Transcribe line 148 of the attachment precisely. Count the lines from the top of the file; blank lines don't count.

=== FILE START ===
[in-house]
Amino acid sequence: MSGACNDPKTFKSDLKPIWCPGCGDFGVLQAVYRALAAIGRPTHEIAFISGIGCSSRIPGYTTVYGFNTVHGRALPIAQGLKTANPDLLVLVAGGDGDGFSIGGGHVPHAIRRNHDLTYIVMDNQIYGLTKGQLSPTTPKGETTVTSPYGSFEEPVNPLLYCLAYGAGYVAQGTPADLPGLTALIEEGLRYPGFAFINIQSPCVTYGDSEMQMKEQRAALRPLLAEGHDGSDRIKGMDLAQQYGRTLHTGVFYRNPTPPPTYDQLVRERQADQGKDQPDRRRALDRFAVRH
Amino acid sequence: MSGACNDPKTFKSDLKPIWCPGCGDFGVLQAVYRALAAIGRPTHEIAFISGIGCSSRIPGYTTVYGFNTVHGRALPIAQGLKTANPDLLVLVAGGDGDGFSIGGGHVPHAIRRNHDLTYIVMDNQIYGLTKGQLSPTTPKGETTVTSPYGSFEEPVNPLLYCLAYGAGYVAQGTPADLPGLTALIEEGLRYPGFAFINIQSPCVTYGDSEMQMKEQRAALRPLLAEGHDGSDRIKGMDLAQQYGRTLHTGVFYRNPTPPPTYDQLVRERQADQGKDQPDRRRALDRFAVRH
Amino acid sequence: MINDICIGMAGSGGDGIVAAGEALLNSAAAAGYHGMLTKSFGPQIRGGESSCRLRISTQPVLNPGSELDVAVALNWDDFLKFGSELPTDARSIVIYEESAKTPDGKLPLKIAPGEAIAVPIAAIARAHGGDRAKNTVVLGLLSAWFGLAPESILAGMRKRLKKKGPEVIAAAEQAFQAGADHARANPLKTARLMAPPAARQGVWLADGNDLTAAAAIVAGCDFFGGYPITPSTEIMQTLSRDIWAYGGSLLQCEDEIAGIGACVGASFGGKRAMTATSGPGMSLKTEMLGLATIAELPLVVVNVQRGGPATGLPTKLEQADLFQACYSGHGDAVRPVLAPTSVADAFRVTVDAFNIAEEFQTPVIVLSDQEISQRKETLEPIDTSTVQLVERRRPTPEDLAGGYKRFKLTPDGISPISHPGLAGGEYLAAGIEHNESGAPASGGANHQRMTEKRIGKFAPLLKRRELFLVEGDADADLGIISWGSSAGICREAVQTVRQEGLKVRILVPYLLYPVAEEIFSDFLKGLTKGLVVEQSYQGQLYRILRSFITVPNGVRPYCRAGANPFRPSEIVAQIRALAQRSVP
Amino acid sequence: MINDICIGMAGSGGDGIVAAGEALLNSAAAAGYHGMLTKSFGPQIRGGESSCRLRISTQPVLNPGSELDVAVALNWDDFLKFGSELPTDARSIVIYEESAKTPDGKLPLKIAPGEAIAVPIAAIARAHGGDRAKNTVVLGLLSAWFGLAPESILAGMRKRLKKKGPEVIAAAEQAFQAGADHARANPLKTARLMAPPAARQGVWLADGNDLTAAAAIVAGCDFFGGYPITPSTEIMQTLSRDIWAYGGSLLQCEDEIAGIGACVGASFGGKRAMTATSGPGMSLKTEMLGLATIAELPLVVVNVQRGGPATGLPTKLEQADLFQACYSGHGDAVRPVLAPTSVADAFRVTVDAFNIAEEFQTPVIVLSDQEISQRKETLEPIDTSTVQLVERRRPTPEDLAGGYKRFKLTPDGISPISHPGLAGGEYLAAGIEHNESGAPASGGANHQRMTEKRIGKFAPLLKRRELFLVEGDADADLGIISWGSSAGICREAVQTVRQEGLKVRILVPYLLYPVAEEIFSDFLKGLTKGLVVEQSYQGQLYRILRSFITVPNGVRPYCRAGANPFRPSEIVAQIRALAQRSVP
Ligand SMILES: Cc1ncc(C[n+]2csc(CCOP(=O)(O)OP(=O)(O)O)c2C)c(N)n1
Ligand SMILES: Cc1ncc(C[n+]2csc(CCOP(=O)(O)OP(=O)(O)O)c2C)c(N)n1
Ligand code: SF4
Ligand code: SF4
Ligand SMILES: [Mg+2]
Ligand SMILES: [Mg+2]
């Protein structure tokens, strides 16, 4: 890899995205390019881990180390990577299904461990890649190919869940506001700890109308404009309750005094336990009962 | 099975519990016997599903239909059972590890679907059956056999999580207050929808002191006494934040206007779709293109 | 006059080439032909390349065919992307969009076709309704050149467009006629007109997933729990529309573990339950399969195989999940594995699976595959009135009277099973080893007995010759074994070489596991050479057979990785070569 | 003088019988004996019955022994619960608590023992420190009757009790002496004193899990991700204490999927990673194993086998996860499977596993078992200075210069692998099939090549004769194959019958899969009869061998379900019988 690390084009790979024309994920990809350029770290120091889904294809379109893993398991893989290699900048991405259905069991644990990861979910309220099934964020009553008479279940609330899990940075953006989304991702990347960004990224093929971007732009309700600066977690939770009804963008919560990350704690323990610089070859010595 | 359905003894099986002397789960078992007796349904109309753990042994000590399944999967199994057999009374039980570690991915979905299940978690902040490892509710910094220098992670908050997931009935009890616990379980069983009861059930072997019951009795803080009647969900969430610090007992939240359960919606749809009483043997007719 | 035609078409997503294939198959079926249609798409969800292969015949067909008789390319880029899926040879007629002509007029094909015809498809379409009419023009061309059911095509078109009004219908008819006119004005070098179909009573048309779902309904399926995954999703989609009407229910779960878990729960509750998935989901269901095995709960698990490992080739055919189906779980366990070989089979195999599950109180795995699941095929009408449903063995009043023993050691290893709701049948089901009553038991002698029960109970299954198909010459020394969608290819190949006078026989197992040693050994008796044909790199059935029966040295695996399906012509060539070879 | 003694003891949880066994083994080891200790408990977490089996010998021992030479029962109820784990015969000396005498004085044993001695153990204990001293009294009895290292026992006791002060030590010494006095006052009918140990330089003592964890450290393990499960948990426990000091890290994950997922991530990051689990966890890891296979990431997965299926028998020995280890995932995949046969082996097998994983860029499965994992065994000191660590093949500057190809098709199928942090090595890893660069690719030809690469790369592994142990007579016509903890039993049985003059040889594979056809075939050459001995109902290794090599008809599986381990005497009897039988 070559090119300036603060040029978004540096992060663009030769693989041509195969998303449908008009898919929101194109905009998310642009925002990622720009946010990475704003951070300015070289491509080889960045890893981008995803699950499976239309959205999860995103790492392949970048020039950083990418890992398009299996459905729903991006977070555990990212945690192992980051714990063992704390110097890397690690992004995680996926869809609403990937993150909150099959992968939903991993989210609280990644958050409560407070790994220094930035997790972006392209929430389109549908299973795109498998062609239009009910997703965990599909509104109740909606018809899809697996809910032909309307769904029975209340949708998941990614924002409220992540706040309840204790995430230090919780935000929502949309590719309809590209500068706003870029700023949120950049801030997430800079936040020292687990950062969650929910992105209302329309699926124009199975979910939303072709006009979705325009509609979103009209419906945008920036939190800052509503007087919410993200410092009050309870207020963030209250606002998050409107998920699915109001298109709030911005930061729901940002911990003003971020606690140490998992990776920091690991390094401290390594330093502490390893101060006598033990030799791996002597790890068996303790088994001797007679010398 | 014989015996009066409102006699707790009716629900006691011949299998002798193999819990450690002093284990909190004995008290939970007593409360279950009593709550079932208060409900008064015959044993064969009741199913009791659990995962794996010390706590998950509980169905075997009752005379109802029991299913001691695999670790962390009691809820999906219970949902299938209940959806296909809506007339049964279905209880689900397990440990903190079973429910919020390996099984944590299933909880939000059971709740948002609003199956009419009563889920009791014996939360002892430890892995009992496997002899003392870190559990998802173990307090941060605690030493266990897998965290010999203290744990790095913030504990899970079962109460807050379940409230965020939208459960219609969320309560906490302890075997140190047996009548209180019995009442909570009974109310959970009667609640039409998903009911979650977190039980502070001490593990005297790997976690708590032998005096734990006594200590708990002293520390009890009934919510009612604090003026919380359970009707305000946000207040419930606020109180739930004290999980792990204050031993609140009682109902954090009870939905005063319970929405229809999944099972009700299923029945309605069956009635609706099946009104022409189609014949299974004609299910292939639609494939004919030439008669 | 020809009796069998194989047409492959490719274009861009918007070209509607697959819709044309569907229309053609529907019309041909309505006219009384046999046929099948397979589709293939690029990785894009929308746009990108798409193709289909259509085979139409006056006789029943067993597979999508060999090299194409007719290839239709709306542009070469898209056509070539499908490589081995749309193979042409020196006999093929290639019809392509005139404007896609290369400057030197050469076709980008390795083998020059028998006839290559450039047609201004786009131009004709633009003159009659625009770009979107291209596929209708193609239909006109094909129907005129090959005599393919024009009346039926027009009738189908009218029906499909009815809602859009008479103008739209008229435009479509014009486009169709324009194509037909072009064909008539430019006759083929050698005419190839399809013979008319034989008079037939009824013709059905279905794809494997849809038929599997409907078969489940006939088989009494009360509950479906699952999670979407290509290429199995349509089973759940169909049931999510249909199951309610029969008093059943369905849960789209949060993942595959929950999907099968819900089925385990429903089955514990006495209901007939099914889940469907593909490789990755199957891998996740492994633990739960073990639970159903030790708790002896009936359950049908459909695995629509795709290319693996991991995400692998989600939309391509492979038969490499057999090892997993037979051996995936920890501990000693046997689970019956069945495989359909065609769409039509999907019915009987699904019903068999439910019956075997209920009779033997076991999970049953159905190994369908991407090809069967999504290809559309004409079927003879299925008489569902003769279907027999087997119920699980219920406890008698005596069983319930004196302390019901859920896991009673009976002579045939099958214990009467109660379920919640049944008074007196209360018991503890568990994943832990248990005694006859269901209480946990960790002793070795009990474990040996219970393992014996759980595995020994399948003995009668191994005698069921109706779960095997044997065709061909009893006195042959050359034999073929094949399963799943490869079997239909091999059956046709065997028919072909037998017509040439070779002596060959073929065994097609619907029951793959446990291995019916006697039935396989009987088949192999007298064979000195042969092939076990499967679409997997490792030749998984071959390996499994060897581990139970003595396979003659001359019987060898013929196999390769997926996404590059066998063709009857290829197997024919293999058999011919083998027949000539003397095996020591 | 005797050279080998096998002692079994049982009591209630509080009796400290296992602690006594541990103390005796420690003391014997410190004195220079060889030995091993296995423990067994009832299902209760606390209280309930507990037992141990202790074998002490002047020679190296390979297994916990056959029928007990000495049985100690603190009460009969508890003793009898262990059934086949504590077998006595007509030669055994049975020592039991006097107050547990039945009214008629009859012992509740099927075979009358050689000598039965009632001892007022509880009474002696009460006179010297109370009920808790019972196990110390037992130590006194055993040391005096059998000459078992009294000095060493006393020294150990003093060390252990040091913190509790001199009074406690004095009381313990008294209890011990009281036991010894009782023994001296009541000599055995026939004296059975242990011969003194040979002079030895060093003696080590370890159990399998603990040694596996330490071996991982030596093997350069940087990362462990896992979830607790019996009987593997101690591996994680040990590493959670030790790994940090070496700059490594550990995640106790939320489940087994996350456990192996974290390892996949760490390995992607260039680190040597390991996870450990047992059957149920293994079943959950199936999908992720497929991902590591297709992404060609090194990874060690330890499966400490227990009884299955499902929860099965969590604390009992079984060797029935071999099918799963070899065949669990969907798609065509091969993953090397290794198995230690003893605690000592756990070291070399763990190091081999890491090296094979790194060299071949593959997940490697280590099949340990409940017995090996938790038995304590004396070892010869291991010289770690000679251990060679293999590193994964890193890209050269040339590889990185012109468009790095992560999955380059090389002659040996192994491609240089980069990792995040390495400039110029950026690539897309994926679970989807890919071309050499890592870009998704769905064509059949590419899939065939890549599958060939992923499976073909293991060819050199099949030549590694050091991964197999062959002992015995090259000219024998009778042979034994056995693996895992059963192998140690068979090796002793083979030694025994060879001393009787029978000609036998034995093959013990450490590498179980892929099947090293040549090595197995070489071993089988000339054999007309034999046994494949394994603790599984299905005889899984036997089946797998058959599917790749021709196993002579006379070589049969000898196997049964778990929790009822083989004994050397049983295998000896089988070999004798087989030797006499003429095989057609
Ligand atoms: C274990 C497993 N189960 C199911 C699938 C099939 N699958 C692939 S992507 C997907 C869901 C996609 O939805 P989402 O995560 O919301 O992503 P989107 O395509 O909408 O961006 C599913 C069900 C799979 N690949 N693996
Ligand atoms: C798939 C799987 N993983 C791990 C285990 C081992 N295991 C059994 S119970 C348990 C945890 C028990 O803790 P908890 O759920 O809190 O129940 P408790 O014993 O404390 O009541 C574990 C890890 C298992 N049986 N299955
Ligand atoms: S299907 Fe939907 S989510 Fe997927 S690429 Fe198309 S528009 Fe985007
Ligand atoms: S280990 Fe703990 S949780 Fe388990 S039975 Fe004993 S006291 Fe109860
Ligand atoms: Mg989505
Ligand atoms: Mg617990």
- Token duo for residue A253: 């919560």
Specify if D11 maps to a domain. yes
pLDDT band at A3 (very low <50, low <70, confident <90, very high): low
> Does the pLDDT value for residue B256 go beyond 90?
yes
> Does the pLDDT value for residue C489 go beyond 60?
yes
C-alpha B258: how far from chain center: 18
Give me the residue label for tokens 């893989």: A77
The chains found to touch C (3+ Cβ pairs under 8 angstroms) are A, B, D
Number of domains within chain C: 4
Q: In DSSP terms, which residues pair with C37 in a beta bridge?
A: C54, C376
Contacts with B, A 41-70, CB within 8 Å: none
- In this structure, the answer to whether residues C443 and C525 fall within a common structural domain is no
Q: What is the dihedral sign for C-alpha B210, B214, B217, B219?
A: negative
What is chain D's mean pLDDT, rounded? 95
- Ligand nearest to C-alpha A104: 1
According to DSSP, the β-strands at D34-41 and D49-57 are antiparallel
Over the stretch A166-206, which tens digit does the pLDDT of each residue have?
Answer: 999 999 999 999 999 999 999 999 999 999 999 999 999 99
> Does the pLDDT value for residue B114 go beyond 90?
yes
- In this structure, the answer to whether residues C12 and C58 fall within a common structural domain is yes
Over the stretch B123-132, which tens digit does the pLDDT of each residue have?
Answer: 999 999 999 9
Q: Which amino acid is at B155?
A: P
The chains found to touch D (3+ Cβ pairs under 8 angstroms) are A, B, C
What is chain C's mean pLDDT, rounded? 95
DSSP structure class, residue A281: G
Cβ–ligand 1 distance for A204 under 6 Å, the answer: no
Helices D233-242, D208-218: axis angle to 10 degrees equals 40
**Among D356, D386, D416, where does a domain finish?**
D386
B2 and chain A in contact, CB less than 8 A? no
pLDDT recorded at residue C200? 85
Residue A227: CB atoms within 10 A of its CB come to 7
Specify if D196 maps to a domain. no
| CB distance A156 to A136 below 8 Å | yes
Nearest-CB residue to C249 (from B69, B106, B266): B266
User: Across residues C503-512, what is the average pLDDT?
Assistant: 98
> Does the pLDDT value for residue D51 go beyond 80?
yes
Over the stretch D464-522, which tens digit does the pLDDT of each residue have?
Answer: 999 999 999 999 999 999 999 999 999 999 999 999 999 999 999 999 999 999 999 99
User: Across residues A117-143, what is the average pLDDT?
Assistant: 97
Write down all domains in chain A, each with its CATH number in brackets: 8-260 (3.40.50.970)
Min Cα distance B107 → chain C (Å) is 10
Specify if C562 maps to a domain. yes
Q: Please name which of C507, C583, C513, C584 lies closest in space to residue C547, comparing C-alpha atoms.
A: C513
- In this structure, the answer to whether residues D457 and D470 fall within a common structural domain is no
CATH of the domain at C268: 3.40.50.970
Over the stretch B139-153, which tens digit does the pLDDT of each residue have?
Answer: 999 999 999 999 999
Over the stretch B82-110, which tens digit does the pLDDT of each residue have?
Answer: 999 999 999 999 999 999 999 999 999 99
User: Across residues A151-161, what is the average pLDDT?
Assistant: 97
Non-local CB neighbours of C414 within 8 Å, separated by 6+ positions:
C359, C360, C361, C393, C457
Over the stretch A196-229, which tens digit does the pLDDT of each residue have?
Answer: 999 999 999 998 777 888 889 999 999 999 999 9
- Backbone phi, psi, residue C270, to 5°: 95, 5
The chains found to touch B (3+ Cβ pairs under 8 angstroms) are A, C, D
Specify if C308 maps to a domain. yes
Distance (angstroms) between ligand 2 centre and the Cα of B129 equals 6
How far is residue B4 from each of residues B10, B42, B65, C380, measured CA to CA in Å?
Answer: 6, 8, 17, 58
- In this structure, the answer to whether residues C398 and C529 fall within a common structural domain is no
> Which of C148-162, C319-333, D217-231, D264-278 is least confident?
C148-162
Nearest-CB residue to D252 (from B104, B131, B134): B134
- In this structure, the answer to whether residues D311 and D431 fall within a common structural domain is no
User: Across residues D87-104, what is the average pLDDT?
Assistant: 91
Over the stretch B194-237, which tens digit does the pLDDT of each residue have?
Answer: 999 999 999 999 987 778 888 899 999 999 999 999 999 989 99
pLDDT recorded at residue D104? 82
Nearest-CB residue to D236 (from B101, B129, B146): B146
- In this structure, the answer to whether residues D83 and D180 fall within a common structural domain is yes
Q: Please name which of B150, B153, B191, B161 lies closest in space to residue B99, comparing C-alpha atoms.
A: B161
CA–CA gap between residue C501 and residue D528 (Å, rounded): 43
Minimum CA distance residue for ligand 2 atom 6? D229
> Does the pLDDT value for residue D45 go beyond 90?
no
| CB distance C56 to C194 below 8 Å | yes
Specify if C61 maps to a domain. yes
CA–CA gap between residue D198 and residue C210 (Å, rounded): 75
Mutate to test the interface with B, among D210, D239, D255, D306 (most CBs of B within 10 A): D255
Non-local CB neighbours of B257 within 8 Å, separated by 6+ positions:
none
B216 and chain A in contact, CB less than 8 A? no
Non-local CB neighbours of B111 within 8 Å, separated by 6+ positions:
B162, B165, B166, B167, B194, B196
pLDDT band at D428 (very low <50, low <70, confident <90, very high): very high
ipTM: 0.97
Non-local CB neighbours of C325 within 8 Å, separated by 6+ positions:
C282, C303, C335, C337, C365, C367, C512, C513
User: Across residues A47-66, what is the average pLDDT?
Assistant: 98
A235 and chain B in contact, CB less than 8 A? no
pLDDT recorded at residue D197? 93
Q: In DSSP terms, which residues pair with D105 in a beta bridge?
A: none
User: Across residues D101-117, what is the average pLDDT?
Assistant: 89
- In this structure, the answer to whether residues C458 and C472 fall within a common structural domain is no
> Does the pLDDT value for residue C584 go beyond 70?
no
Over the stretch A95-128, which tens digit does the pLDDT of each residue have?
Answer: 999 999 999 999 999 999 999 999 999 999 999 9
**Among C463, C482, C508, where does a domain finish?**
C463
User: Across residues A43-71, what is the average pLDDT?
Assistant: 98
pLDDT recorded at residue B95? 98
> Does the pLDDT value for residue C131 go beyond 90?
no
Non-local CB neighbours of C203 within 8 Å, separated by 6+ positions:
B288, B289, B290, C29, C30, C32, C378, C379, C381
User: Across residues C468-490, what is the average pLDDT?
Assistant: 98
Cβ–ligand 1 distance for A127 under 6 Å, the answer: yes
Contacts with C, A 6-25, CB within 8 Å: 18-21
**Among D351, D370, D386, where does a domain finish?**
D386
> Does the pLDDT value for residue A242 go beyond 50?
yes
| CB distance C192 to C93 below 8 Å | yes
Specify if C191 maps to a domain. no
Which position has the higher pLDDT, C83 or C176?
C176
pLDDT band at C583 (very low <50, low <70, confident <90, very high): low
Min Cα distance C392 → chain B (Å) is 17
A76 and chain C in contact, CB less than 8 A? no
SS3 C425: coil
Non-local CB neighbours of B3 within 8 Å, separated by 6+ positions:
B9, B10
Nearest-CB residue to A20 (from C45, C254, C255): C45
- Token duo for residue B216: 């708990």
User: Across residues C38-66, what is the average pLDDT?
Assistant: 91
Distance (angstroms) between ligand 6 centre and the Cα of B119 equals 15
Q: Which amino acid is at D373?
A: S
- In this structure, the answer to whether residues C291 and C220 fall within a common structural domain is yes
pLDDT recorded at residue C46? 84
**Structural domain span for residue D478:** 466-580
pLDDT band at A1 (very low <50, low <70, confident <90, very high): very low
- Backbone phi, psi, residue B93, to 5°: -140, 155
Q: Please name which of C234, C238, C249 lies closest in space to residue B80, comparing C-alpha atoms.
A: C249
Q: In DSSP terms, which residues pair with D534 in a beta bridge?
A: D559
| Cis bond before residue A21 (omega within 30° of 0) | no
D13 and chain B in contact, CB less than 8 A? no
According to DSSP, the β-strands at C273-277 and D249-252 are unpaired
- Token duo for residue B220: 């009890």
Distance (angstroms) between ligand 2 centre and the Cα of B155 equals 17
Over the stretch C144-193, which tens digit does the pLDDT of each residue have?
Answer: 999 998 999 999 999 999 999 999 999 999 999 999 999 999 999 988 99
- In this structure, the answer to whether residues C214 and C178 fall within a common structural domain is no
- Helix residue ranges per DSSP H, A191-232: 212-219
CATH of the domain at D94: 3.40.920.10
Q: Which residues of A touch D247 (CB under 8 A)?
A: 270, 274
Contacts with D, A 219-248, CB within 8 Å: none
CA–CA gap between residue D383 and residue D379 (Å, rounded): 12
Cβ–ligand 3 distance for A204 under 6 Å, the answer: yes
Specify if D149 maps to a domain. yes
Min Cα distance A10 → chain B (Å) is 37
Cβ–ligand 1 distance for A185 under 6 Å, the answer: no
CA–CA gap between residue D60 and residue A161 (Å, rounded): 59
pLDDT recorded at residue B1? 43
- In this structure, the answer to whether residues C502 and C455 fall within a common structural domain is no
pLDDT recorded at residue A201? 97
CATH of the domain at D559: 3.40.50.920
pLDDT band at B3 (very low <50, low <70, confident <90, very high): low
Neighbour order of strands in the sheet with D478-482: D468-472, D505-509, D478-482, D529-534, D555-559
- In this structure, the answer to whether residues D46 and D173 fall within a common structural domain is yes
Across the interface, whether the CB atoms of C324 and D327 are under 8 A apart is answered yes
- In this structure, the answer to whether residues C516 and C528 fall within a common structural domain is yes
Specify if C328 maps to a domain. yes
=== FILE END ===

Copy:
Contacts with C, A 6-25, CB within 8 Å: 18-21